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Title:RESCUE FROM CRASHED AIRCRAFT - PART ONE [Main Title]
Film Number:AMY 310
Summary: A training film for RAF rescue and fire crews. A series of re-enactments are staged to illustrate the procedures required, paramount is the rapid recovery of crew to minimise loss of life. Fire remains the greatest menace to all rescue operations.
Description: Film opens in the office of Air Commodore, D M Somerville OBE, director of flight safety, whose duty is to study the reports of all RAF flying accidents. Many pilots today owe their lives to the devotion and professional skills of those charged with recovering personnel and attending crash scenes. Film cuts to an example at RAF Seletor, Singapore where a Meteor has crashed short of the runway and the badly injured pilot was lucky that the personnel who attended the crash knew exactly what actions to take. With the aid of animated diagrams, D M Somerville summarises the sequence of events resulting with the pilot being trapped in the cockpit with a crushed leg. A crane lifts and removes the cockpit section to enable the release of the pilot, after the all important safety pin has been inserted into the ejection seat to deactivate the explosive charge. Meanwhile the crash crew have covered the Meteor in foam and are standing by until the pilot is taken away by ambulance, with the Medical officer in attendance.
Film returns to Air Commodore observing whatever the severity of the crash, flying crew must always be released as a first priority, in case they are alive. This is paramount to all arms of the rescue services.
The Meteor, as for all RAF fighter aircraft, is fitted with the Martin Baker ejection seat. At the factory a group of RAF trainees are examining a ejection seat as the instructor explains the overall construction. It is emphasised that the seats are potentially very dangerous because of the explosive charge, and when working on a seat the absolute priority is the insertion of the deactivating pin. The commentator’s words are supplemented with clear, close up images of the process of removing the seat from an aircraft. Back at their RAF station, the trainees continue their studies: some seats may be removed by crane, others by cutting the fuselage at pre-indicated points and/or operating the external release handles, dependant on the aircraft type. Film shows several different aircraft, including American, and their specific arrangements for the ejection seat.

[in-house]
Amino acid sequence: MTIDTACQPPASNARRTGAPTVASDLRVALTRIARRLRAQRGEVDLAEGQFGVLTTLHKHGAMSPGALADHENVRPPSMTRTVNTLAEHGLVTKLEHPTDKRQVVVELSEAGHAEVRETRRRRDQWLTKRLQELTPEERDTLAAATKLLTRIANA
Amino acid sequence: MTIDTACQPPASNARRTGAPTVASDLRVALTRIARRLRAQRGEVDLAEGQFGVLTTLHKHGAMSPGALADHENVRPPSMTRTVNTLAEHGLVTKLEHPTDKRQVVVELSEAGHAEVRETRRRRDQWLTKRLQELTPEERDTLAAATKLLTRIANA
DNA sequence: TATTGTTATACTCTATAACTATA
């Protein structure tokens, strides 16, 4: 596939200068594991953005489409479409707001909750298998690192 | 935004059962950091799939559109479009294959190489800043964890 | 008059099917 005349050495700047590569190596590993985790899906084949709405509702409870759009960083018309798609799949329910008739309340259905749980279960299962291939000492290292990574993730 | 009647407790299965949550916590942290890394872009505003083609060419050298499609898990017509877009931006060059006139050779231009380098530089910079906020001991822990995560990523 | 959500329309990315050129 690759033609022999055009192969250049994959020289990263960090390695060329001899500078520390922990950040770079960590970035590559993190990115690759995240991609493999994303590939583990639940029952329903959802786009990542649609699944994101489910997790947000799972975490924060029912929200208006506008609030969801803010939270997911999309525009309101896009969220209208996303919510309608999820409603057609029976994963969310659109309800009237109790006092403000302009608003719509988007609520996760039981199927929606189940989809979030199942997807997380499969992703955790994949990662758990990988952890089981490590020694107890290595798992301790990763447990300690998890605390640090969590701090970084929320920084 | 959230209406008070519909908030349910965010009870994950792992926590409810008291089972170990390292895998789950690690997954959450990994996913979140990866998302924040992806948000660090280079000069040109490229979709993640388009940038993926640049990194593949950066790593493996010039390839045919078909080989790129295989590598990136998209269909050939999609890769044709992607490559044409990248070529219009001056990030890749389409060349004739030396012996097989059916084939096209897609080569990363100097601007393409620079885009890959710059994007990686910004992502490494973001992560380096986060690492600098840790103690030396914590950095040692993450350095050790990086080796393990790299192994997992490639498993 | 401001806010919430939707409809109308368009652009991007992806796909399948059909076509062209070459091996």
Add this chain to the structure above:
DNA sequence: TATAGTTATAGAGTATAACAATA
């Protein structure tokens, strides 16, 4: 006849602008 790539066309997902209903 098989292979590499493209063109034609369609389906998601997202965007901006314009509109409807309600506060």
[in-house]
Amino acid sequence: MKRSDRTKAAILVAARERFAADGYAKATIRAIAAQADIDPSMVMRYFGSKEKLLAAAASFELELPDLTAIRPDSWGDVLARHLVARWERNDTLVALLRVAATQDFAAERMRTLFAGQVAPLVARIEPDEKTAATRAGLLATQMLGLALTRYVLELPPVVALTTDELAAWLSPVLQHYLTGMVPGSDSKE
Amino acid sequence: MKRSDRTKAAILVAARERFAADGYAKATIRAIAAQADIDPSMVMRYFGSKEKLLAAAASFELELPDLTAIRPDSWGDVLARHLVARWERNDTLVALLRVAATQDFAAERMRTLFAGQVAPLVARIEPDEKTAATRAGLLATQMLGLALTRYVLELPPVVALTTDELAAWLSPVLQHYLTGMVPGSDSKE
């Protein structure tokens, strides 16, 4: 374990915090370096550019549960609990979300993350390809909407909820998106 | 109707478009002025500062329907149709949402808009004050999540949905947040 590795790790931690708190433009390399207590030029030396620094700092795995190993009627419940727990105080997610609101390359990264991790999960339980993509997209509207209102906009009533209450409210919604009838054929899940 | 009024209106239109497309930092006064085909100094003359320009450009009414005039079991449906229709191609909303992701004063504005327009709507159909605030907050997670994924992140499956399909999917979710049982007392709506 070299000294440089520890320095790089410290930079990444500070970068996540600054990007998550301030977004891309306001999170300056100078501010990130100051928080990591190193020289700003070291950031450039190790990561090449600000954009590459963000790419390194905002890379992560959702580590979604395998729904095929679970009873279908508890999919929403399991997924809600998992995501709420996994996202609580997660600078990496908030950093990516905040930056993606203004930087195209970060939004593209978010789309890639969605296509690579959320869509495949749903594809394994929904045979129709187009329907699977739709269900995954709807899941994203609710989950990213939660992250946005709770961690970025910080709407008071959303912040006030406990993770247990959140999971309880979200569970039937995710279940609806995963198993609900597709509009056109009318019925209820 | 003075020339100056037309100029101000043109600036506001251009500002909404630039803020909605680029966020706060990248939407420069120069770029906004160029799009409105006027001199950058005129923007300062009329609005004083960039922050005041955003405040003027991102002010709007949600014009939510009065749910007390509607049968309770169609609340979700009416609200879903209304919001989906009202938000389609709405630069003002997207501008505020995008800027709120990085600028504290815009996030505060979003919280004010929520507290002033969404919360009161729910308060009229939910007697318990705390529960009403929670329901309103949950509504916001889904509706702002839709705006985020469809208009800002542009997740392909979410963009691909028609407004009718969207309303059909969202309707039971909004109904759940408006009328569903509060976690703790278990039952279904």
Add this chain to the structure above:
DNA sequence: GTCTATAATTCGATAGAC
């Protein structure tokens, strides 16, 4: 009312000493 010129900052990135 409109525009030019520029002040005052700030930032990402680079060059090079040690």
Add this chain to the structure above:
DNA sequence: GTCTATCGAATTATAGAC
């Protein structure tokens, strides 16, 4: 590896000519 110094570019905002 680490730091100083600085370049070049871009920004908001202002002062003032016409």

RAF transport aircraft do not have ejection seats, an example is the Blackburn Beverley (XH117) the largest aircraft in service with the RAF. The Beverley has lower and upper decks and can carry up to 100 crew and passengers. Several emergency exits are available, accessed by handles both inside and outside the fuselage, and cutting points for axes marked externally. If the aircraft is at a height that parachutes may be deployed, several large escape hatches are provided. Film cuts to a Hastings (TG521), the maid of all work. The commentator describes the emergency facilities available, dependant upon the configuration of the aircraft.
Commercial aircraft feature in the film: BOAC Bristol Britannia and BOAC DC7 (Seven Seas) at Heathrow with emergency windows, main door operable from outside, and inflatable chutes at key emergency exits. RAF and Civilian aircraft have the same principals with minor differences, except that RAF aircraft carry armaments (guns, bombs, explosives).
Civilian and RAF fire officers are at the factory where the Valiant V bomber is made, taking the opportunity to examine the rescue features built into the aircraft. Their guide explains how these features may be utilised in an emergency. He notes that the civilian fire services have access to a crane to lift the pilot/crew cockpit assembly out once the canopy is removed, whereas the RAF lowers the crew into the navigation compartment, and out through the main door.
Film cuts to a major RAF station where several Valiants are parked on the hardstanding. Senior representatives of the civilian Fire Brigade are discussing with the RAF officer the extra precautions necessary when attending a Valiant incident, indeed any large RAF aircraft. Bombs can represent a major problem. Most pilots will have the opportunity to jettison them over the sea, and a crashed aircraft that still has bombs on board is safe to approach providing there is no serious fire. A fierce fire is likely to prevent access to the cockpit and the bombs may explode: keep at least 200 yards away
Fire is still the greatest hazard. The RAF has about 4,000 firemen in various stations around the world, also trained in rescue procedures, aided with a variety of specialised vehicles and equipment. Film cuts to the RAF School of Fire Fighting where an exercise for both RAF and Civilian crews is under way. A discarded aircraft is set alight and the rescue crew are spreading foam over and around the aircraft with the Mk 6 RAF crash truck, an all terrain 6 wheeled vehicle. Some of the crew wear fire-proof suits with visors, close up to the burning fuel flames, spraying foam to extinguish the fire. Senior RAF officers are watching and discussing the exercise.